Day 22: Helena, Butte & Stupid Rocks

I’m so exhausted that I was going to put off writing today’s post until tomorrow morning. But I have to be up early to head back to Bozeman for a vet appointment…so that would just mean I had two posts to write tomorrow night.

So I’m putting on my big girl pants, making a cup of tea, and buckling down.

Here are a few images of our peaceful AirBnB. I called it a horse farm yesterday — which it technically is — but she only has two horses right now. A black one that I couldn’t get a picture of, and the spotted one below. The spotted is very sweet. The black…not so friendly. She warned me he would attack the dog if Tako got too close. So we kept our distance, and the horse gave us side eye every time we passed the fences.



Those buildings in the distance were the next closest neighbors. They’re about a mile away.

Our ultimate destination today was Big Sky — based on a recommendation from Burke in Bend. We drove through Helena and Butte to get there, so we made a few stops along the way.

The 15 goes through a beautiful canyon that I think is part of the Helena National Forest. There were no turnouts, though, so I couldn’t get a picture. I can’t even find any pictures online to share with you, which is surprising.

Our first stop of the day was Helena, and we went up to see the Guardian of the Gulch. It felt really appropriate right now with the fire emergency back home in California.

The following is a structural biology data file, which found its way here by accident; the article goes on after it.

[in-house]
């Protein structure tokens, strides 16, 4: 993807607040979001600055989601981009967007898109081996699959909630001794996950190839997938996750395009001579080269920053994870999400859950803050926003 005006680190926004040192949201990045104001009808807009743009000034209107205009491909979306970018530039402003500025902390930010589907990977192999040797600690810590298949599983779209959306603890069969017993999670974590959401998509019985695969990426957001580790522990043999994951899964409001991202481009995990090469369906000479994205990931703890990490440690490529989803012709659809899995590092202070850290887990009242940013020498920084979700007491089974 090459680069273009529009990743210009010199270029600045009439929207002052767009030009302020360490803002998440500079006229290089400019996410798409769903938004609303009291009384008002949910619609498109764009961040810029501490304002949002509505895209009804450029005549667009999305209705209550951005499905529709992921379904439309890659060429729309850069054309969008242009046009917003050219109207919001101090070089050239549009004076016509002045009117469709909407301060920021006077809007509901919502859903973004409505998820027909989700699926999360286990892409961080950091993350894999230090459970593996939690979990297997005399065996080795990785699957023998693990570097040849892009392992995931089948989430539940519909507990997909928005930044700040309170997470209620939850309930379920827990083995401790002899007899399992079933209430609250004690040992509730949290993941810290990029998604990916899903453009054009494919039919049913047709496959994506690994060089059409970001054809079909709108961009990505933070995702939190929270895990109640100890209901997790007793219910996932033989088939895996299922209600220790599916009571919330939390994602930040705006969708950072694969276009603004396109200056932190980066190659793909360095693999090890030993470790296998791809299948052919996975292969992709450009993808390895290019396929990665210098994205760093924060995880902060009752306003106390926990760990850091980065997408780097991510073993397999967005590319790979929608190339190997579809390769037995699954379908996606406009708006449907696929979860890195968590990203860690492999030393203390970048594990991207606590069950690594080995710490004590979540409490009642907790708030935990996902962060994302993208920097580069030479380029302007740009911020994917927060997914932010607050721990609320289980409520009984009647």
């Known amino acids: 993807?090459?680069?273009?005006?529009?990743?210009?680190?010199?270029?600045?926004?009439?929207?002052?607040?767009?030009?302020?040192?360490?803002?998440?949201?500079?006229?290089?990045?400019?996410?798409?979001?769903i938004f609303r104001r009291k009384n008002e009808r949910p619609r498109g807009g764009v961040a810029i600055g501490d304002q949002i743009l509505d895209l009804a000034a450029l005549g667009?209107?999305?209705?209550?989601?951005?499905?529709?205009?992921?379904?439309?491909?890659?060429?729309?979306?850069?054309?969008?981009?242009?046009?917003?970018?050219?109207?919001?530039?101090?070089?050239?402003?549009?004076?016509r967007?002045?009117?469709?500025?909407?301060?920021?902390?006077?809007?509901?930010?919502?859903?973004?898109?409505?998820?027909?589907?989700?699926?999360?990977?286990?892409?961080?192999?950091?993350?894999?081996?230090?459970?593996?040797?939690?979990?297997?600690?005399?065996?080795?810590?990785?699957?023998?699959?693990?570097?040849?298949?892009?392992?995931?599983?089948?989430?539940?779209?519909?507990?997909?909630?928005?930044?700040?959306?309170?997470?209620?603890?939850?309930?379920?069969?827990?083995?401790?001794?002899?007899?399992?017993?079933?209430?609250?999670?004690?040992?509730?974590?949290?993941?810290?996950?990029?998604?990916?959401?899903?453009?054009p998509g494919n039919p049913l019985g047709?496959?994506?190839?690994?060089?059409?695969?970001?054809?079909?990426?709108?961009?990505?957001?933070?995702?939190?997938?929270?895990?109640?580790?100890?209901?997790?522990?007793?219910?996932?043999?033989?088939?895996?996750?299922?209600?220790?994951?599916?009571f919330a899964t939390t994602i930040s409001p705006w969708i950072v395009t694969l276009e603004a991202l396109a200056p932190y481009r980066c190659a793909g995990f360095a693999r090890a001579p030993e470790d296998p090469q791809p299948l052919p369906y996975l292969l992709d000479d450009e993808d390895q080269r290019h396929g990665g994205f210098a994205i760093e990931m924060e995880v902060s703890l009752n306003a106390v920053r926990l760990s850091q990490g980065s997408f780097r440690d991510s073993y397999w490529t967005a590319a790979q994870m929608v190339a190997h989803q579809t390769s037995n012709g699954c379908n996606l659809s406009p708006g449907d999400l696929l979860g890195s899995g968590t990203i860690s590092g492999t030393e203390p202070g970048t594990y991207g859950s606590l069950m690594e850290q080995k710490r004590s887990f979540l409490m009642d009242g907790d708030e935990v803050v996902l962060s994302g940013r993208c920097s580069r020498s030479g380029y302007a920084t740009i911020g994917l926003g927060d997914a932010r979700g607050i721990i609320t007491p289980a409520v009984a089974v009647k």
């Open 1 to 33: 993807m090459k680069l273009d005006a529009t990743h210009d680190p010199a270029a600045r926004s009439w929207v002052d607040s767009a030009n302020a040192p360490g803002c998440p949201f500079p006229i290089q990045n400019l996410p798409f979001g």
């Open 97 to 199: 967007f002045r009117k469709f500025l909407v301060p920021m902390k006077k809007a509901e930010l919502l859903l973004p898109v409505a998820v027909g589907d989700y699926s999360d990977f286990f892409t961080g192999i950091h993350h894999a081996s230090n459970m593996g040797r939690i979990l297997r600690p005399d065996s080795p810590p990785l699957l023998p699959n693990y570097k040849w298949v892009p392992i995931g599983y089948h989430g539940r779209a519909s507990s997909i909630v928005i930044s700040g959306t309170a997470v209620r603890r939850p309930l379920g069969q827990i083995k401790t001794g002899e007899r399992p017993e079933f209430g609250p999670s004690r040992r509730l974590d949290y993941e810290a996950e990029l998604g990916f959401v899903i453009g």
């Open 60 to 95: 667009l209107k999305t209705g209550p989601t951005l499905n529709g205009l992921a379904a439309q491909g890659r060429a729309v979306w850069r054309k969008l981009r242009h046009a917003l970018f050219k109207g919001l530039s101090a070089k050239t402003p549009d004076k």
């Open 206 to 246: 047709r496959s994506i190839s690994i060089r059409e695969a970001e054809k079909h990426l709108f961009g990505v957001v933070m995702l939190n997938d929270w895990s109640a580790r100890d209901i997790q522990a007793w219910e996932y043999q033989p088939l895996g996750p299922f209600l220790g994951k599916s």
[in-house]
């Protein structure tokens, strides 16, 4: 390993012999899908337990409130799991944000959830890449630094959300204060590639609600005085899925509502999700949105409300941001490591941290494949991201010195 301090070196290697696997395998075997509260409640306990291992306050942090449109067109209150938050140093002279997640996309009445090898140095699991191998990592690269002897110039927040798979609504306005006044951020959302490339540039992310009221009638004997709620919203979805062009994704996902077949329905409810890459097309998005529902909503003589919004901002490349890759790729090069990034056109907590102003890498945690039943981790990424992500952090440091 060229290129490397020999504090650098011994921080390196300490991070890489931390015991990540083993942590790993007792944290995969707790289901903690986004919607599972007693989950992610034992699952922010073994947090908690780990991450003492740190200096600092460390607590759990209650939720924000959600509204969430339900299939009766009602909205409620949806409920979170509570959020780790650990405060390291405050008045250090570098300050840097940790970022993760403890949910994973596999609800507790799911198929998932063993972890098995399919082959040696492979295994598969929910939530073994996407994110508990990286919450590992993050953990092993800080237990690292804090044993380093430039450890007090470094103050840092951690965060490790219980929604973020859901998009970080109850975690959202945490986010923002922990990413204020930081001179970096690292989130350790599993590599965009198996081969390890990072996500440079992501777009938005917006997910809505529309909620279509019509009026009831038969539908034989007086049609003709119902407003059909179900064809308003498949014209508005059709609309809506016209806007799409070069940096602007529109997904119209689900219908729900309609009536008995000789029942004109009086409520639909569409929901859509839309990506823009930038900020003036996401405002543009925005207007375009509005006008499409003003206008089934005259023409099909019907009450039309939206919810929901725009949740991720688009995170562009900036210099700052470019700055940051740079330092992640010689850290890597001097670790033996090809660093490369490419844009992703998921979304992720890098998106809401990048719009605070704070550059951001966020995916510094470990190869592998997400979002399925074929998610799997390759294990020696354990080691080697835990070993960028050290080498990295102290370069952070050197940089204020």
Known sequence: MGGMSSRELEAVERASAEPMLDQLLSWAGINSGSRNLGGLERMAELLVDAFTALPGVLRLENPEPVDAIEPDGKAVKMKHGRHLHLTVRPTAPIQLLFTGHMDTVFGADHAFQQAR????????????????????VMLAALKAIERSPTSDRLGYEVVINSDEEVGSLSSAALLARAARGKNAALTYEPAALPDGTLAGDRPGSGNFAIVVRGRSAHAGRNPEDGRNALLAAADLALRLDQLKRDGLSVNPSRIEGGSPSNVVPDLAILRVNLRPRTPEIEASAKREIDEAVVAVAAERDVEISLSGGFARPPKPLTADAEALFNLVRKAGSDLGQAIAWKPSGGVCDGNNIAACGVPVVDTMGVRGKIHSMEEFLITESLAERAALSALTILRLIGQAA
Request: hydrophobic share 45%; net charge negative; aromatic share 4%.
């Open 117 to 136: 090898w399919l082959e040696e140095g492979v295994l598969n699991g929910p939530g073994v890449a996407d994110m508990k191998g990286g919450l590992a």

When Helena was first built, fires were a threat to the whole city due to the lack of water in close proximity to the town. Fire destroyed the town a couple of times, so a series of water towers were built, with bells to alarm everyone — because they didn’t have designated firemen back then — and the Guardian of the Gulch is the last one standing.


It’s high on a hill (a whole neighborhood is named after Tower Hill) and has a view of the entire valley and the surrounding mountain ranges.


After the video I posted on my IG, where I talk about how much I love it and how pretty it is here, my friend Andrew sent me a funny message reminding me it’s summer and not to get too attached. Don’t worry, guys. I’m aware I probably can’t survive a Montana winter.

Helena also has a cool cathedral that was modeled after one in Vienna, which was built following the assassination of their emperor in the 1800s.